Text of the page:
For the shelving unit, they come in really tall pieces.  The one I had cut was 12'.  I think you could go to 6' and just be sure you use it while supervising.  I have been using my unit for about 3 weeks now.  I love it, but am ready to move to something less restricting.  I just order a baby gate that is 42" tall and is a walk through.  I am hopeful no one will jump it!

A few years ago, when I brought in my first feral boy, I had to feed him in his room to keep my resident cat out of the food.  I decided to never leave food out.  Just 2 meals a day.  The new cat would eat in his room with the door closed.  I then would offer a bit of dry food before going to bed at night.  It was much easier than leaving food out all day and making sure the wrong cat didn't eat it!

Have they shared or used each others litter box yet?  Sometimes this can be  a source of agitation.  When I see my two using my new boys litter box, I try to clean it right away.  He can still smell it, but at least the urine/stool is cleaned up.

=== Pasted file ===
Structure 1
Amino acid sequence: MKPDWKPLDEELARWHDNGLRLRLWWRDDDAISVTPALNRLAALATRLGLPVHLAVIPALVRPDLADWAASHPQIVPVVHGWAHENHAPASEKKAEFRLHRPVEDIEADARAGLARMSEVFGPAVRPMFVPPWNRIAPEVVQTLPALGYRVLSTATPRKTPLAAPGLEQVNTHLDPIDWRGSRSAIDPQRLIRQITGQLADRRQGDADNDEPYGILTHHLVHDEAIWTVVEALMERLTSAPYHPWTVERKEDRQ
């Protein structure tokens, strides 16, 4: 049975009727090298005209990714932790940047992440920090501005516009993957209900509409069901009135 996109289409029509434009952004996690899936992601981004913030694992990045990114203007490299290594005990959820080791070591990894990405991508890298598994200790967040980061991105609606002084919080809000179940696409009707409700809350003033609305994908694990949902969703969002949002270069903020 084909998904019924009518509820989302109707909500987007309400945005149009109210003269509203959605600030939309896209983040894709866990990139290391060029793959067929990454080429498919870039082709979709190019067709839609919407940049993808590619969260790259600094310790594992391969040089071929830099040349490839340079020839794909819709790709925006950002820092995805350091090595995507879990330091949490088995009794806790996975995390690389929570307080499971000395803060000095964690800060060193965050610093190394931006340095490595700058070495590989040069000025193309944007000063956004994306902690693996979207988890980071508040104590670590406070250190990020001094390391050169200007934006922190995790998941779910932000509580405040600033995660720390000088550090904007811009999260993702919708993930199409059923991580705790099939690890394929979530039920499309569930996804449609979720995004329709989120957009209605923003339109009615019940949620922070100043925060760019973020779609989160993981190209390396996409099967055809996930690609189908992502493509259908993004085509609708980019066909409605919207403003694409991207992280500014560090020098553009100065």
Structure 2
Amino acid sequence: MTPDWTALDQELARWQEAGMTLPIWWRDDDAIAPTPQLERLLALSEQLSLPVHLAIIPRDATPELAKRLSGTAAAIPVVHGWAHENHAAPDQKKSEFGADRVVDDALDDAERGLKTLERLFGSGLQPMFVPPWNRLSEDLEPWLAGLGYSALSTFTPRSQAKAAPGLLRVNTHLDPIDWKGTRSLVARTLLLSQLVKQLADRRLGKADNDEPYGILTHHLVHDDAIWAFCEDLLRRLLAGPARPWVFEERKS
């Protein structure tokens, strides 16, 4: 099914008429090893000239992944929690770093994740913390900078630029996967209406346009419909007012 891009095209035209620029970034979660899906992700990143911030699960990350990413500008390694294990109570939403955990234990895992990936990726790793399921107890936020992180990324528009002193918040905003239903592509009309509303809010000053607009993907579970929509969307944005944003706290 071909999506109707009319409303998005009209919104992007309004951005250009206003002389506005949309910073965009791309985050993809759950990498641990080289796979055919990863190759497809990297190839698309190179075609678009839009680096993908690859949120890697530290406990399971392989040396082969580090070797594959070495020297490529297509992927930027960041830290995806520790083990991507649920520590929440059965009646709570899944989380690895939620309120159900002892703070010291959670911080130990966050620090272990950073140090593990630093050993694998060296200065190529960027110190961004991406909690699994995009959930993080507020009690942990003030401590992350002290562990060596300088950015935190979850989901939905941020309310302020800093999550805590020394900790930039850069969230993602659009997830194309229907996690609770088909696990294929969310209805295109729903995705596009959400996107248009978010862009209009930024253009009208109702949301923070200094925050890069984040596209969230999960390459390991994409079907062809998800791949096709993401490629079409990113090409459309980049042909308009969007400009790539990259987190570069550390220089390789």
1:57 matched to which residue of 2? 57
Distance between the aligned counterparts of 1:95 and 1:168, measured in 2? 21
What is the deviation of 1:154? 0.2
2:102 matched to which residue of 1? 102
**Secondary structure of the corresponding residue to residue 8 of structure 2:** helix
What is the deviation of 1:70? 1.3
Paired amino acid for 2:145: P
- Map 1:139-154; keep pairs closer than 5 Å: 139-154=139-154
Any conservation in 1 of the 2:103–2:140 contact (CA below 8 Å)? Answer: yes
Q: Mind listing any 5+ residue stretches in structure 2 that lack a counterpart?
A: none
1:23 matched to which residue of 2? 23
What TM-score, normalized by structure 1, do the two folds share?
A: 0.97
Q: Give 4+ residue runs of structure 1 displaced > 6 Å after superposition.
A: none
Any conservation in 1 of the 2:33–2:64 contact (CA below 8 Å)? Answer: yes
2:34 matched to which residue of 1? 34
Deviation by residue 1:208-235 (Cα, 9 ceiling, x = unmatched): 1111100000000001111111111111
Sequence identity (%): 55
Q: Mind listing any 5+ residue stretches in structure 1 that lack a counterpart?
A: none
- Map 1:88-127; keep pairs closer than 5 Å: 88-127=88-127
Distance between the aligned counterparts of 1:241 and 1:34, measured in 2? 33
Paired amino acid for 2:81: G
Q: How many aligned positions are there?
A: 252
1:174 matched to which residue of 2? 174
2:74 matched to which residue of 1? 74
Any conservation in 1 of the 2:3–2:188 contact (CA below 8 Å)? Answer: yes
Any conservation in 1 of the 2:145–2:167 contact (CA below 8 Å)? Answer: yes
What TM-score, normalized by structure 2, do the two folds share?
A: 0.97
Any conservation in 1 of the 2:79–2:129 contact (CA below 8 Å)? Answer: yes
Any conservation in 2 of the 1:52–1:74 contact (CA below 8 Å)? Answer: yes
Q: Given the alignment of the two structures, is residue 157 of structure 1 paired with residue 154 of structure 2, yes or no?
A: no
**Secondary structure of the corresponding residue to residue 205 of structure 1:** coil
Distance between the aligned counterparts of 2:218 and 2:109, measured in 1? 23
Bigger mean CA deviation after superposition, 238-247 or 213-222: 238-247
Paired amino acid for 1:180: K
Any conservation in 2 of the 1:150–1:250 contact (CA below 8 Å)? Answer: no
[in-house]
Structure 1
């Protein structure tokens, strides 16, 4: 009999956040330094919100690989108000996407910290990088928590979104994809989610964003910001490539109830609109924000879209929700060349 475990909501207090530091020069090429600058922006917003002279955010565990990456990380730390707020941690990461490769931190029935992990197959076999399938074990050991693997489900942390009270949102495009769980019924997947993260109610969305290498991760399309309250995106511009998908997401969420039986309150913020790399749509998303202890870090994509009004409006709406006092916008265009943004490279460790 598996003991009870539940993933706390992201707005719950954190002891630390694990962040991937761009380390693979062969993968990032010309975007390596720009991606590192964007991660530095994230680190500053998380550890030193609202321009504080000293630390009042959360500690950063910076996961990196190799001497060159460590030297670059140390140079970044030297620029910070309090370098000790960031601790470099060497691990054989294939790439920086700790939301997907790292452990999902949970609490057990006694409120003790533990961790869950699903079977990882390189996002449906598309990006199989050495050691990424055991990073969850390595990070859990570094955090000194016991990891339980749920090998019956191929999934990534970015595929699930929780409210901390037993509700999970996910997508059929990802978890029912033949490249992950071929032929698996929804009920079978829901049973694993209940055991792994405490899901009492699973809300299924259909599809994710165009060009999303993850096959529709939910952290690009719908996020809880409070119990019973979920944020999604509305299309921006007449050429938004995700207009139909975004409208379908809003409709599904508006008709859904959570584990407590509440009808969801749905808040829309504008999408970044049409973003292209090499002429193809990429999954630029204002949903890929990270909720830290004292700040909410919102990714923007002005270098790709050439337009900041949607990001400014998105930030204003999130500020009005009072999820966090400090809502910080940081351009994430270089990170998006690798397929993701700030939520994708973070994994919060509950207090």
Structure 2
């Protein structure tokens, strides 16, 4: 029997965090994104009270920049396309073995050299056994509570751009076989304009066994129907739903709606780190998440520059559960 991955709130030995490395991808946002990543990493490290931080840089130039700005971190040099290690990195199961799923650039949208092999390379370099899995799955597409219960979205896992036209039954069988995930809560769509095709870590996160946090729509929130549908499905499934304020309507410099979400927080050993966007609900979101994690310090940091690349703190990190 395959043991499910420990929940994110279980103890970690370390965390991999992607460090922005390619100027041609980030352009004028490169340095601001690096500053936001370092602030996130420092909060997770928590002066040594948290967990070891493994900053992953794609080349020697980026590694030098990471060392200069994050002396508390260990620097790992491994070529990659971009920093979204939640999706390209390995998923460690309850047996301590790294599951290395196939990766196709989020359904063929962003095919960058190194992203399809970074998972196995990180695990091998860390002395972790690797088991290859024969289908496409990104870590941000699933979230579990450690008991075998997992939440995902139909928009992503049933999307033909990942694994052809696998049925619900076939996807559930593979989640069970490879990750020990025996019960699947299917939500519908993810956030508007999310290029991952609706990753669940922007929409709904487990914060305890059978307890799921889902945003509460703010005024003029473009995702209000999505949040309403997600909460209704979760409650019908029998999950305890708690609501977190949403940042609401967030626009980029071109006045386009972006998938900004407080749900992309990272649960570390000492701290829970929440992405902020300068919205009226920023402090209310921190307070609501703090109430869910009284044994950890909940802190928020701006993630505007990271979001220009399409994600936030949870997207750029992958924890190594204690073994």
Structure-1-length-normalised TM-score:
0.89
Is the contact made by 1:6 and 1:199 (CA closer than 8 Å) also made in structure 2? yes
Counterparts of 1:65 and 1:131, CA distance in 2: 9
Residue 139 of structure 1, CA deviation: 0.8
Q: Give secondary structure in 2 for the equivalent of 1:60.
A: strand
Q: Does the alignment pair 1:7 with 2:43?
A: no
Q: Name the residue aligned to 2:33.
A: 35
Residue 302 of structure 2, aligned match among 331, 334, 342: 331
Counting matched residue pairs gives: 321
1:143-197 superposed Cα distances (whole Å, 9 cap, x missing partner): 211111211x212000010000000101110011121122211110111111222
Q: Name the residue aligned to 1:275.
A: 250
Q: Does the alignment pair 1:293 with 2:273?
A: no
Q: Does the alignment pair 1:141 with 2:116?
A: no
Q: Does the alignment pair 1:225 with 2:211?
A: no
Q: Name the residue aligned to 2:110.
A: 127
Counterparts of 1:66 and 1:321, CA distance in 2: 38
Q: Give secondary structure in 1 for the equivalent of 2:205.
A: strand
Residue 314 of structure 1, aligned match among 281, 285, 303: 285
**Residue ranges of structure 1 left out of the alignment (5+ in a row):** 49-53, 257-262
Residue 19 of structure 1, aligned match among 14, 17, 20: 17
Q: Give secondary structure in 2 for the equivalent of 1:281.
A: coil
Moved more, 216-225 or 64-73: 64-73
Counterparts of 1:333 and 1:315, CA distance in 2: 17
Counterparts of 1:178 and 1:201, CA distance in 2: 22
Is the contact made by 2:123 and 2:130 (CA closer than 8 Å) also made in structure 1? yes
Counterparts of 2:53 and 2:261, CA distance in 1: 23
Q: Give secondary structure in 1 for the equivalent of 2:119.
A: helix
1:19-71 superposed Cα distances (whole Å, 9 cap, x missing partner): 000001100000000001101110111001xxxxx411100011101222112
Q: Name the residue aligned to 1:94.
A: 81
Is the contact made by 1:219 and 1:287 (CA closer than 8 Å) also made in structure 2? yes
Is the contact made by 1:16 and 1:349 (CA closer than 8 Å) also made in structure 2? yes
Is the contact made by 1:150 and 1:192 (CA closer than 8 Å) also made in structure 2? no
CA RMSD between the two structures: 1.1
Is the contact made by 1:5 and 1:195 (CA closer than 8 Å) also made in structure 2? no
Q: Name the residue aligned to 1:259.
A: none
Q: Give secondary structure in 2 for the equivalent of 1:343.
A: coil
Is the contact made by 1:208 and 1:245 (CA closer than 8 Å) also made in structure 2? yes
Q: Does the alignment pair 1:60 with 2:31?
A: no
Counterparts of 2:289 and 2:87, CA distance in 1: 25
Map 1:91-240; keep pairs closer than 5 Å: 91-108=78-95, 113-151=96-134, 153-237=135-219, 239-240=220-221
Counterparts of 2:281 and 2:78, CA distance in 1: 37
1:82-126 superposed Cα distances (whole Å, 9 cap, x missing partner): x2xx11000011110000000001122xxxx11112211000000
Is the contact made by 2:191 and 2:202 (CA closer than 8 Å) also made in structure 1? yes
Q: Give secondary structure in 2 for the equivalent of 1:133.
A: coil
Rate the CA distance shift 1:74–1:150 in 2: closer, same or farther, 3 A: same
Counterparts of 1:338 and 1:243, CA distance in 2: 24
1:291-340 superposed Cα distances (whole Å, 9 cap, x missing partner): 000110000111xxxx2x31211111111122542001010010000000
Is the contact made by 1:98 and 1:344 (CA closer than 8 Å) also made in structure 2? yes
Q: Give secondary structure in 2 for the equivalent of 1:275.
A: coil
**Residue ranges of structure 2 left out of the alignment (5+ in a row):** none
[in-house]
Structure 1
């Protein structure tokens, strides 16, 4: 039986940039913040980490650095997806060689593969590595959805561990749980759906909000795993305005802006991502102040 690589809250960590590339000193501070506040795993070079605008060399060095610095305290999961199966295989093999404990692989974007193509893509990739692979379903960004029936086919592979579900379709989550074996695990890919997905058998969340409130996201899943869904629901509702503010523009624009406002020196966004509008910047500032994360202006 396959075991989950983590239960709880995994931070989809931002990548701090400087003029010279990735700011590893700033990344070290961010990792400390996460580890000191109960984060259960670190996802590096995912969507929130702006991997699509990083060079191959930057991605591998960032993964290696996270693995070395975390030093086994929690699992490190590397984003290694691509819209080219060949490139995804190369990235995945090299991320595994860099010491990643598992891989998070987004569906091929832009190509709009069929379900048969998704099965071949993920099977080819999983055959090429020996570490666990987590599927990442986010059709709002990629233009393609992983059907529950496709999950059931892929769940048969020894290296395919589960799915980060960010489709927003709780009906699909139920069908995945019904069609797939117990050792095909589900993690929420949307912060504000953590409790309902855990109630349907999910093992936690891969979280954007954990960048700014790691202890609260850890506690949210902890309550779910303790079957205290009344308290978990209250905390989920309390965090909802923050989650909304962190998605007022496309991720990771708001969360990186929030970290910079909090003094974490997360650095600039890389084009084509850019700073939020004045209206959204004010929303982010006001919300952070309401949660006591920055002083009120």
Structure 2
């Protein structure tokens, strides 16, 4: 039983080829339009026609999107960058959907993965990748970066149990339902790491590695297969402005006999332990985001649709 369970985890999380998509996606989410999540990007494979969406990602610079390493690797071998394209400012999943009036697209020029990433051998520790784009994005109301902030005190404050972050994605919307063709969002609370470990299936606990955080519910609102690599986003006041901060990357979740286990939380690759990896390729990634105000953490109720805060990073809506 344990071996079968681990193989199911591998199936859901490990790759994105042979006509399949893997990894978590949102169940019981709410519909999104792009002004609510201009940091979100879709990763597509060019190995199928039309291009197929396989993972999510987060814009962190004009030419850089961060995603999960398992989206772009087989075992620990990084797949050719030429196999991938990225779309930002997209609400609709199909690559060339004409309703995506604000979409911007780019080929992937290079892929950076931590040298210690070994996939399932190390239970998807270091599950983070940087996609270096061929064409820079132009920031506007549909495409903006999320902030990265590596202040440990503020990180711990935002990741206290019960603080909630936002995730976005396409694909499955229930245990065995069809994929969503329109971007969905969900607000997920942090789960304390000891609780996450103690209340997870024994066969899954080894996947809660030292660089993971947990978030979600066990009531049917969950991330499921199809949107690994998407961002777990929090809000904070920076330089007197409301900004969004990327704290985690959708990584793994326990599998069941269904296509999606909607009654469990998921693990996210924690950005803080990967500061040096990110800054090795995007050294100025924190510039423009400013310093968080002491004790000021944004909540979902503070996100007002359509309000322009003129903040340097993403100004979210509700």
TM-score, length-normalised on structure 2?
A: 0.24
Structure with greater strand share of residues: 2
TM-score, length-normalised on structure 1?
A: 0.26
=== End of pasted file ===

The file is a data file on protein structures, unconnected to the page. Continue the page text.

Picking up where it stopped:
It may take awhile for these two to sort it out.  My first boy took a solid year.  It was hard, very hard.  Yet in the end so worth it.  These two are best buddies now and would be lost without each other.  So odd since they both hated each other at first.  I am hoping they will accept the new boy too.
 
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phoebeandzoe

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I wish I had more of an update to report ----

We are still keeping Phoebe and Zoe separated.  We keep the sliders open with the screens but Phoebe won't go out if she thinks Zoe might be around.  One thing I am not happy about is that Zoe seems to have more of a run of the house while Phoebe stays in our bedroom/bathroom most of the day. Doesn't seem fair.  We have been alternating time in their rooms and the house but again this is really just keeping them from seeing each other.